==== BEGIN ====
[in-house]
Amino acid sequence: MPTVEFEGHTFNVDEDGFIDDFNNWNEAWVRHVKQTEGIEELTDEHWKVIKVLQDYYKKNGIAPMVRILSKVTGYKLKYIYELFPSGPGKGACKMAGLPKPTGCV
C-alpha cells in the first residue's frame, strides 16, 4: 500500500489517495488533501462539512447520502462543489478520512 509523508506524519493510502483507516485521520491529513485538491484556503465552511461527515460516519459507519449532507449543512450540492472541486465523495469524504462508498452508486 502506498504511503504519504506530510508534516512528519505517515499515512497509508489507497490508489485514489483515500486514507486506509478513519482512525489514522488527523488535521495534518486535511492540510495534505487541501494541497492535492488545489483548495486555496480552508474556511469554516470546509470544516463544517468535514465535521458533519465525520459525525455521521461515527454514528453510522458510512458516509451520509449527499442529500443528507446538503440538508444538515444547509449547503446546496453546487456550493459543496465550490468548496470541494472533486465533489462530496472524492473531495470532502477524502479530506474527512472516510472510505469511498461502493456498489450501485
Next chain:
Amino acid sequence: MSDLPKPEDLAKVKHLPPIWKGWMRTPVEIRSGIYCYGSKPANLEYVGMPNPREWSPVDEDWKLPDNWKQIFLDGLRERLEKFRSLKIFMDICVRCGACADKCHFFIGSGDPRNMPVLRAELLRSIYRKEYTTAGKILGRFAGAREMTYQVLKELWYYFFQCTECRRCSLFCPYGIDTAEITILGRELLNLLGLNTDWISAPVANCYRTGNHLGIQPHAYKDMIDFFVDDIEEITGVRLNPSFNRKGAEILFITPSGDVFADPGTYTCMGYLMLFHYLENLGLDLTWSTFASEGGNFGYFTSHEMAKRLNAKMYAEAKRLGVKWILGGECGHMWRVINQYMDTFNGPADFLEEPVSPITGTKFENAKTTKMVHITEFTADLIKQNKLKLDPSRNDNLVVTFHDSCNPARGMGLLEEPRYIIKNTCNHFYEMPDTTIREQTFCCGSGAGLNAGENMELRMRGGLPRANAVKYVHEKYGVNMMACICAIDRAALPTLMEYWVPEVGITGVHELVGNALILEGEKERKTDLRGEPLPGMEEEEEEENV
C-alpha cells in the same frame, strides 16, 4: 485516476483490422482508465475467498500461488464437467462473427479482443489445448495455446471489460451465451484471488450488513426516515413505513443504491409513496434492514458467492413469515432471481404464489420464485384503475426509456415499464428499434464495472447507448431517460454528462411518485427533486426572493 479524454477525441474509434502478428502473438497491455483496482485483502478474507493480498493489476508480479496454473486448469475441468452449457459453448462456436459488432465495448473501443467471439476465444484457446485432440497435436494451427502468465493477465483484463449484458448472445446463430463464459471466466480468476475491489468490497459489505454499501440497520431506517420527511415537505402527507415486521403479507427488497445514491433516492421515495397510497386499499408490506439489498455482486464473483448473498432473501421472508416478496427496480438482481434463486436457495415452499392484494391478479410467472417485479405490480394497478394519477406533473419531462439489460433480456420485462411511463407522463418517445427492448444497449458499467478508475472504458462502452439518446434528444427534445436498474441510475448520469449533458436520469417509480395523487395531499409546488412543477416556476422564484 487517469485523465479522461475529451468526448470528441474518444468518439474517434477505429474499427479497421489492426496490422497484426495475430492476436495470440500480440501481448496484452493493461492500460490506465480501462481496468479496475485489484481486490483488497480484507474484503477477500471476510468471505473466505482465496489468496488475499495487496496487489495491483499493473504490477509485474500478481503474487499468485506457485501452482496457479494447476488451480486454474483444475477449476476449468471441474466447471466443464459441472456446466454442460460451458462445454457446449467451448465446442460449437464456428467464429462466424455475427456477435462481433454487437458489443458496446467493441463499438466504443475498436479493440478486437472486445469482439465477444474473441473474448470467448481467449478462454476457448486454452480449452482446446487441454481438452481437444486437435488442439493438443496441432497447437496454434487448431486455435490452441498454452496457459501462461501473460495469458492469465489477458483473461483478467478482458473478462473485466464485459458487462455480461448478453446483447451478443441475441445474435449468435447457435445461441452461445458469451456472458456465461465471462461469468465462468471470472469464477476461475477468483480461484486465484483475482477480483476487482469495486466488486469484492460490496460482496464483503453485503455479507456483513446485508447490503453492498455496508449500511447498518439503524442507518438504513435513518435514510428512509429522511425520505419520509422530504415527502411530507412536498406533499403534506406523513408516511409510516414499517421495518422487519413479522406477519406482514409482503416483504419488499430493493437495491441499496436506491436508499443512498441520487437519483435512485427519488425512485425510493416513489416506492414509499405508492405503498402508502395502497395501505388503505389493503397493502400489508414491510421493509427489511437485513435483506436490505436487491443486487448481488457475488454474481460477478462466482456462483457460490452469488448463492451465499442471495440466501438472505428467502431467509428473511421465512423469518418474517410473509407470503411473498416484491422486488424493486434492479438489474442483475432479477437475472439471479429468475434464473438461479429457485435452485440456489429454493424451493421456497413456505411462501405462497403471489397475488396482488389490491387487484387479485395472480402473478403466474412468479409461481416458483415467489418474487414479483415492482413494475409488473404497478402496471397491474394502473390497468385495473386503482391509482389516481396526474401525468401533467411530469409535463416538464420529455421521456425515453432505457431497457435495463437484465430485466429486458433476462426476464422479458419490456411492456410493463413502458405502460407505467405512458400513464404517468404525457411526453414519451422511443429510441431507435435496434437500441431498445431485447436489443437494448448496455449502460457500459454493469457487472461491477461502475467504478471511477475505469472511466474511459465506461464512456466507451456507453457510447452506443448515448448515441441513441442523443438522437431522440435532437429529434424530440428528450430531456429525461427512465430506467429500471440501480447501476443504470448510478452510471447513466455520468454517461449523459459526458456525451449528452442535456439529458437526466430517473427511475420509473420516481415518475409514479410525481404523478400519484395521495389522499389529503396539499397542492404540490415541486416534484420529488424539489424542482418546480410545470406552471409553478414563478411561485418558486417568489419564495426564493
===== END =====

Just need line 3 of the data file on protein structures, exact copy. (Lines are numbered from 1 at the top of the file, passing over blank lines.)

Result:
C-alpha cells in the first residue's frame, strides 16, 4: 500500500489517495488533501462539512447520502462543489478520512 509523508506524519493510502483507516485521520491529513485538491484556503465552511461527515460516519459507519449532507449543512450540492472541486465523495469524504462508498452508486 502506498504511503504519504506530510508534516512528519505517515499515512497509508489507497490508489485514489483515500486514507486506509478513519482512525489514522488527523488535521495534518486535511492540510495534505487541501494541497492535492488545489483548495486555496480552508474556511469554516470546509470544516463544517468535514465535521458533519465525520459525525455521521461515527454514528453510522458510512458516509451520509449527499442529500443528507446538503440538508444538515444547509449547503446546496453546487456550493459543496465550490468548496470541494472533486465533489462530496472524492473531495470532502477524502479530506474527512472516510472510505469511498461502493456498489450501485